How a cult comic became a studio movie
With sullen teen protagonists, a 1920s blues soundtrack and a kid-unfriendly R rating, ”Ghost World” isn’t an obvious choice for blockbuster-hungry audiences. But the wry comedy about post-high school angst may be this summer’s most surprising sleeper hit. Though it’s earned only $3.2 million, ”Ghost World” has defied the ”chew ’em up and spit ’em out” pattern of multiplex booking: It continues to play to sold-out crowds almost eight weeks after its initial release. Last weekend, ”Ghost World”’s per-screen average surpassed that of the No. 1 movie, ”Jeepers Creepers.”
So how is ”Ghost World” scaring up an audience? Critical raves have been a major boost (EW gave the movie a glowing A- and put it on the ”10 Summer Movies Worth Seeing” list). The film’s gradual release pattern (from five theaters when it opened July 20 to 81 venues last weekend) has allowed good buzz to spread. Plus, this summer’s deadening slate of box office fluff has left some audiences craving something a little tart. ”This movie is anti- everything you’ve been seeing,” says movie analyst Robert Bucksbaum of Reel Source. ”The people who complain they don’t like commercial stuff are the ones creating these sold-out shows. It speaks to them, because it’s reality.” Even so, studio execs, stars, and even ”Ghost World” creator Daniel Clowes questioned whether his cult comic was really movie material. ”I’d had many, many offers over the years, and I’d always envision myself down the road in a cocaine stupor with a gun at my head, saying, why did I let them do that?” Clowes tells EW.com.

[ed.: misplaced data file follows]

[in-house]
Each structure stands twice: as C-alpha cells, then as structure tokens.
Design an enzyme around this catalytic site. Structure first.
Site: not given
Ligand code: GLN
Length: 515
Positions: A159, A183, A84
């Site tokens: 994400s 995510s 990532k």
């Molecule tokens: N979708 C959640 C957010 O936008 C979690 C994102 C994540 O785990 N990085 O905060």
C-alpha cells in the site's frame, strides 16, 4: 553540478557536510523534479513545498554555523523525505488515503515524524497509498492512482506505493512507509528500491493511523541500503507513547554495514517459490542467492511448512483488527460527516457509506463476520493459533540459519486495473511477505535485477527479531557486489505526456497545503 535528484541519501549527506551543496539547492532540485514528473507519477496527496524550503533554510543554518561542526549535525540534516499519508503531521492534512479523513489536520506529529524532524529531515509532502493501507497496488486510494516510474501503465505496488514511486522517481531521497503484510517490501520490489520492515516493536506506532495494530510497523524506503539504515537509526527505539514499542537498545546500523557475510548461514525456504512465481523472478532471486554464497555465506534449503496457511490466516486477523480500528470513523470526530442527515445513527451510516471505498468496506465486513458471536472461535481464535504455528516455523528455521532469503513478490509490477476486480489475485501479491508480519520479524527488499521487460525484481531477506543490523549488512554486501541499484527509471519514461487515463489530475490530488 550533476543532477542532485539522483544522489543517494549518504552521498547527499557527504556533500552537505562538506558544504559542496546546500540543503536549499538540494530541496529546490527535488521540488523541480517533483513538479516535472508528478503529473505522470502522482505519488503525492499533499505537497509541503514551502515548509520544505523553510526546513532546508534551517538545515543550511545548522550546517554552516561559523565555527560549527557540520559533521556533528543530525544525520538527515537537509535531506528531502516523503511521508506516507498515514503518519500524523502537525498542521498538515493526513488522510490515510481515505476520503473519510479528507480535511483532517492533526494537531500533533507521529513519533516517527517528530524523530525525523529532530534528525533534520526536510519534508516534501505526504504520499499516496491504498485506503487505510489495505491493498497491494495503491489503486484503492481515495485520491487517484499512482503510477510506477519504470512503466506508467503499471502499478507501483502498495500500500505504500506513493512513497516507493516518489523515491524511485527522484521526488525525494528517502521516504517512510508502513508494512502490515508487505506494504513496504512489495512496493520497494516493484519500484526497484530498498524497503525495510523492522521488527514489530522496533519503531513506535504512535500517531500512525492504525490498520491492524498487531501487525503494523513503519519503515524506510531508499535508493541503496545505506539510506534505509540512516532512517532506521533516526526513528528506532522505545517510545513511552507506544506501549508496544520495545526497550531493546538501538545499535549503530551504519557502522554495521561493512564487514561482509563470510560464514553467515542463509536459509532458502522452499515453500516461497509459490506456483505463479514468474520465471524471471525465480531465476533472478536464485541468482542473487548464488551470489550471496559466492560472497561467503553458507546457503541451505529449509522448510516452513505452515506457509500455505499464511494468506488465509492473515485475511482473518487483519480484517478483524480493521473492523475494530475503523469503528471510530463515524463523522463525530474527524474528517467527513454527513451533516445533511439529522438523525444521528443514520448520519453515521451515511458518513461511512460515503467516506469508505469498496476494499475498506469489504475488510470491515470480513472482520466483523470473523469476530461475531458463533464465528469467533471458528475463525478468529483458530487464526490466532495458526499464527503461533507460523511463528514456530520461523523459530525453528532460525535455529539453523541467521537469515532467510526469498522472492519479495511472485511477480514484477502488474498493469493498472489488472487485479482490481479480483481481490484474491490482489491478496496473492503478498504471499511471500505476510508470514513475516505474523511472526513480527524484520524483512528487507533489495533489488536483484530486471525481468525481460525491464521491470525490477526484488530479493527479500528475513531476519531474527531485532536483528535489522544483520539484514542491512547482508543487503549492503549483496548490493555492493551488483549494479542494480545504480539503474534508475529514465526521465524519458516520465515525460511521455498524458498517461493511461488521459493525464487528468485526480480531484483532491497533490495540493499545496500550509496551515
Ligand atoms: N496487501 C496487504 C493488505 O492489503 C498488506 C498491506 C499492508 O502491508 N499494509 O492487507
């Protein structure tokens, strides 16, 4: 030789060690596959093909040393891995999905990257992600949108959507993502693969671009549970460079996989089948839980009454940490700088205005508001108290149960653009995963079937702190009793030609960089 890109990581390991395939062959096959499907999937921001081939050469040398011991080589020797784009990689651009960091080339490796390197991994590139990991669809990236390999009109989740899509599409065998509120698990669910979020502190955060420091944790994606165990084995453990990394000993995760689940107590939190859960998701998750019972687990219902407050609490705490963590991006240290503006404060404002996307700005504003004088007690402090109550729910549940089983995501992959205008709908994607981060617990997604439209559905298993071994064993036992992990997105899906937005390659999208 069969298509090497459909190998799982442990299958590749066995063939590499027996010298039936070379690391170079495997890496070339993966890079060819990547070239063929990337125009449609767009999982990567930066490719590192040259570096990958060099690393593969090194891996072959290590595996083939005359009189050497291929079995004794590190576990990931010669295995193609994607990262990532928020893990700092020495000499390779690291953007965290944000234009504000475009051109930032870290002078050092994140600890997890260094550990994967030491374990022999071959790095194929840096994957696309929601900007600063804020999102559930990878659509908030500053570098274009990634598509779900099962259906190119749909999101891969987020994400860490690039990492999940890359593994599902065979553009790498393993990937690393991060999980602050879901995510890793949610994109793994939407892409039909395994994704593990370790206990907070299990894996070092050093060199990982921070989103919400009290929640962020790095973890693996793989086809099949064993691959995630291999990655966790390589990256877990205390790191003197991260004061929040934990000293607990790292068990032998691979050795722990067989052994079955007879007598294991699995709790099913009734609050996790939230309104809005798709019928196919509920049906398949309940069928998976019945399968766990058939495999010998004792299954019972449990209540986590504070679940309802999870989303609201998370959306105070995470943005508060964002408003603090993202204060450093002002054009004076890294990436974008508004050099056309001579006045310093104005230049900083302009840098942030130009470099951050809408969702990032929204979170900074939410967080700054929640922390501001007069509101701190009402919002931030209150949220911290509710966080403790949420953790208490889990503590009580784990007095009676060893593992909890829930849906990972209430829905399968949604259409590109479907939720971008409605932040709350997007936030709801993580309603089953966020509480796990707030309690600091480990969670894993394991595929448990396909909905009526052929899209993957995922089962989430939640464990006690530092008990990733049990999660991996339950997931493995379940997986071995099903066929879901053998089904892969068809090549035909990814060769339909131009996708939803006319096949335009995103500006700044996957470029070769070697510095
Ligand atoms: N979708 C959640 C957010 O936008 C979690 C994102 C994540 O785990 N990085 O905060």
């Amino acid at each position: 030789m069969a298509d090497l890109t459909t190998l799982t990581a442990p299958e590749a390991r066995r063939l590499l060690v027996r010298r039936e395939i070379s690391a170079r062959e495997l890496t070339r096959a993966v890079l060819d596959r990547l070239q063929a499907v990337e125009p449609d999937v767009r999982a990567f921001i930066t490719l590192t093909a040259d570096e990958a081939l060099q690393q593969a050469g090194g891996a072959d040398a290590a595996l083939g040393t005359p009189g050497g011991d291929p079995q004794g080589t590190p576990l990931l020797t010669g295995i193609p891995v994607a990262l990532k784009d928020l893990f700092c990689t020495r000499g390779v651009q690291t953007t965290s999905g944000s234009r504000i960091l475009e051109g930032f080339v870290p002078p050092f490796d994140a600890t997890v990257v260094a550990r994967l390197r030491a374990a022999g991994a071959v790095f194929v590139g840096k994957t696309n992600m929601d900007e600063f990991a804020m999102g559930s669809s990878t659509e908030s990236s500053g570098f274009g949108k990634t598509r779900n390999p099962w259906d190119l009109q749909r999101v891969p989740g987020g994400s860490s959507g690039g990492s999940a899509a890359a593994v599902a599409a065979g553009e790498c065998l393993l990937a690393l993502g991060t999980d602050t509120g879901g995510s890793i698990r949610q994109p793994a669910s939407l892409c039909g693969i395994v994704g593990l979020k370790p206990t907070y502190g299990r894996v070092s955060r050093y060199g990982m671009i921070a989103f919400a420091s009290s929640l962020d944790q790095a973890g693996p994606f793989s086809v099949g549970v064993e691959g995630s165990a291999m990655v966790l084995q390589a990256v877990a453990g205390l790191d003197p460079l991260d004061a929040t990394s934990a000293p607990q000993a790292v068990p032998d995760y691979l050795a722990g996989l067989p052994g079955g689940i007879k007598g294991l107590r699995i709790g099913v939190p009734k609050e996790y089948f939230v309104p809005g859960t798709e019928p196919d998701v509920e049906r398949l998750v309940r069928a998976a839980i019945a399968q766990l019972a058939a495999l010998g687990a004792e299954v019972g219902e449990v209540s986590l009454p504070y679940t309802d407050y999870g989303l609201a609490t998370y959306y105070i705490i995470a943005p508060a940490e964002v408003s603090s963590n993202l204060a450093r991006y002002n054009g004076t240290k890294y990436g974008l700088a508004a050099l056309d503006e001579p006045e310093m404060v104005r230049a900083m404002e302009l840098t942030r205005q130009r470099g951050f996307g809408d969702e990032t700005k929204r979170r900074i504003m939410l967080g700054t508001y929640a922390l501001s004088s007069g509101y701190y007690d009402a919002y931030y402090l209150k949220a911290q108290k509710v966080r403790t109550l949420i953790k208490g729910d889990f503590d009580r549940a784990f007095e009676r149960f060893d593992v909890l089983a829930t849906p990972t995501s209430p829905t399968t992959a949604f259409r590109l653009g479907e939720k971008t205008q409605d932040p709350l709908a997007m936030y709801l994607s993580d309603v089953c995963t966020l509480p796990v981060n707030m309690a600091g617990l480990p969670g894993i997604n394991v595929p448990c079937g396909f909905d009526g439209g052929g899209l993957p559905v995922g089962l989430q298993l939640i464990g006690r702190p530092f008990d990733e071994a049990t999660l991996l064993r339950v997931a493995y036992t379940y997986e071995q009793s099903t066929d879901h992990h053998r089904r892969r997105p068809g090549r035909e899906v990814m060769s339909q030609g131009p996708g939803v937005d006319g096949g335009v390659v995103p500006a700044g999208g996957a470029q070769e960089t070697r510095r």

Clowes credits director Terry Zwigoff, who helmed the biodocumentary ”Crumb,” with showing him the project’s potential. The two spent 18 months collaborating on a script about two post-high school best friends — Enid (played by ”American Beauty”’s Thora Birch) and Rebecca (”The Horse Whisperer”’s Scarlett Johansson) — who bond over their mutual contempt for mainstream music and mini-mall culture. There’s also a borderline creepy subplot in which Enid develops a relationship with antisocial fortysomething record collector Seymour (”The Big Lebowski”’s Steve Buscemi).
Try pitching THAT to studios looking for the next ”American Pie.” Not surprisingly, the project scared off most studio execs. ”The first question was always, ‘What’s the soundtrack?’ Because a teen movie soundtrack is a huge profit item for studios,” says Zwigoff, who selected rare 1920s blues and jazz tracks for Seymour’s collection. ”I told them it’s gotta have this old music, and any modern music we have will be treated with complete contempt. And with that you’re out the [studio exec’s] door.”